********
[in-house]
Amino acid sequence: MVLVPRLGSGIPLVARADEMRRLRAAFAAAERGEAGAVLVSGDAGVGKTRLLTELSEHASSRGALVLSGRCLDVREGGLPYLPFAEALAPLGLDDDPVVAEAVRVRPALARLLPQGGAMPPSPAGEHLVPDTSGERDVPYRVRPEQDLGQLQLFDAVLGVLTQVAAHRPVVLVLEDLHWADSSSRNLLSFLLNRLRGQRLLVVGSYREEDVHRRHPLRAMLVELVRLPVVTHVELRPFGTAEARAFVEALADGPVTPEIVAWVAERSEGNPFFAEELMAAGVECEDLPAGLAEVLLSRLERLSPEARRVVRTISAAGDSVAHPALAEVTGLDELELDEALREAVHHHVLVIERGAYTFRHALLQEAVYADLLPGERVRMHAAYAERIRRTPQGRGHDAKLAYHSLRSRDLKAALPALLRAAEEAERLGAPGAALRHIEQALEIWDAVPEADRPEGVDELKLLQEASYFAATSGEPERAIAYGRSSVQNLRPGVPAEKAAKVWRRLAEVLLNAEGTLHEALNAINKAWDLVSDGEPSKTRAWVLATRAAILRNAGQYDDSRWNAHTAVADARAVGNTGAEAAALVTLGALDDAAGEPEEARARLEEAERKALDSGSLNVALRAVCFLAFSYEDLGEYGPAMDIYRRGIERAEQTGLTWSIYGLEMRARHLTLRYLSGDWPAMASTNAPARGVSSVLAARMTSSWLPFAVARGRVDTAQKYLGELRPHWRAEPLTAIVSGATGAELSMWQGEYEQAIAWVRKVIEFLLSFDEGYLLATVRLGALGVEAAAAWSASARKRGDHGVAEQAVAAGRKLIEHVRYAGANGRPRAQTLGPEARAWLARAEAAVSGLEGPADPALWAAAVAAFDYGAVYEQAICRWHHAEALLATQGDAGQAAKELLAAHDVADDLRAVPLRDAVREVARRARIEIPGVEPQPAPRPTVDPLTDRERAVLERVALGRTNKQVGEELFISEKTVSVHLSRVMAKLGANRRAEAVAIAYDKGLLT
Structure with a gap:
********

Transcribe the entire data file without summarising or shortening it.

[in-house]
Amino acid sequence: MVLVPRLGSGIPLVARADEMRRLRAAFAAAERGEAGAVLVSGDAGVGKTRLLTELSEHASSRGALVLSGRCLDVREGGLPYLPFAEALAPLGLDDDPVVAEAVRVRPALARLLPQGGAMPPSPAGEHLVPDTSGERDVPYRVRPEQDLGQLQLFDAVLGVLTQVAAHRPVVLVLEDLHWADSSSRNLLSFLLNRLRGQRLLVVGSYREEDVHRRHPLRAMLVELVRLPVVTHVELRPFGTAEARAFVEALADGPVTPEIVAWVAERSEGNPFFAEELMAAGVECEDLPAGLAEVLLSRLERLSPEARRVVRTISAAGDSVAHPALAEVTGLDELELDEALREAVHHHVLVIERGAYTFRHALLQEAVYADLLPGERVRMHAAYAERIRRTPQGRGHDAKLAYHSLRSRDLKAALPALLRAAEEAERLGAPGAALRHIEQALEIWDAVPEADRPEGVDELKLLQEASYFAATSGEPERAIAYGRSSVQNLRPGVPAEKAAKVWRRLAEVLLNAEGTLHEALNAINKAWDLVSDGEPSKTRAWVLATRAAILRNAGQYDDSRWNAHTAVADARAVGNTGAEAAALVTLGALDDAAGEPEEARARLEEAERKALDSGSLNVALRAVCFLAFSYEDLGEYGPAMDIYRRGIERAEQTGLTWSIYGLEMRARHLTLRYLSGDWPAMASTNAPARGVSSVLAARMTSSWLPFAVARGRVDTAQKYLGELRPHWRAEPLTAIVSGATGAELSMWQGEYEQAIAWVRKVIEFLLSFDEGYLLATVRLGALGVEAAAAWSASARKRGDHGVAEQAVAAGRKLIEHVRYAGANGRPRAQTLGPEARAWLARAEAAVSGLEGPADPALWAAAVAAFDYGAVYEQAICRWHHAEALLATQGDAGQAAKELLAAHDVADDLRAVPLRDAVREVARRARIEIPGVEPQPAPRPTVDPLTDRERAVLERVALGRTNKQVGEELFISEKTVSVHLSRVMAKLGANRRAEAVAIAYDKGLLT
Structure with a gap: